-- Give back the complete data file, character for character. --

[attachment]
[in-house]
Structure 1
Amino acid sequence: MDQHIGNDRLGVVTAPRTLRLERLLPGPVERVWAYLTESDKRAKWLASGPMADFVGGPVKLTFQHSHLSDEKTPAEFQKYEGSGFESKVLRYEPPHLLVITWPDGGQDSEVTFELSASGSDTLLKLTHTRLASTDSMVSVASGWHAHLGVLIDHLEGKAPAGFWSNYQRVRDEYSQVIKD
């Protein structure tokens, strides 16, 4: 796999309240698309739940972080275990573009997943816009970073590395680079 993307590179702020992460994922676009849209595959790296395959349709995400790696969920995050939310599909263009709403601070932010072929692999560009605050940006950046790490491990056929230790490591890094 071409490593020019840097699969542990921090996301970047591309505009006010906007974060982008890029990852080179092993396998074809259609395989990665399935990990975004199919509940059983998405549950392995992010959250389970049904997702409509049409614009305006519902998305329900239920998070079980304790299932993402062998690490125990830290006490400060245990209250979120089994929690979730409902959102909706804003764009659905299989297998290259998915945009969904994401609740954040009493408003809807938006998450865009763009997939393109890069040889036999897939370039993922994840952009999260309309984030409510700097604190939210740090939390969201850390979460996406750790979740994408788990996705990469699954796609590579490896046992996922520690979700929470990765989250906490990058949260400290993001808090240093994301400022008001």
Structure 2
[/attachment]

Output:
[in-house]
Structure 1
Amino acid sequence: MDQHIGNDRLGVVTAPRTLRLERLLPGPVERVWAYLTESDKRAKWLASGPMADFVGGPVKLTFQHSHLSDEKTPAEFQKYEGSGFESKVLRYEPPHLLVITWPDGGQDSEVTFELSASGSDTLLKLTHTRLASTDSMVSVASGWHAHLGVLIDHLEGKAPAGFWSNYQRVRDEYSQVIKD
């Protein structure tokens, strides 16, 4: 796999309240698309739940972080275990573009997943816009970073590395680079 993307590179702020992460994922676009849209595959790296395959349709995400790696969920995050939310599909263009709403601070932010072929692999560009605050940006950046790490491990056929230790490591890094 071409490593020019840097699969542990921090996301970047591309505009006010906007974060982008890029990852080179092993396998074809259609395989990665399935990990975004199919509940059983998405549950392995992010959250389970049904997702409509049409614009305006519902998305329900239920998070079980304790299932993402062998690490125990830290006490400060245990209250979120089994929690979730409902959102909706804003764009659905299989297998290259998915945009969904994401609740954040009493408003809807938006998450865009763009997939393109890069040889036999897939370039993922994840952009999260309309984030409510700097604190939210740090939390969201850390979460996406750790979740994408788990996705990469699954796609590579490896046992996922520690979700929470990765989250906490990058949260400290993001808090240093994301400022008001």
Structure 2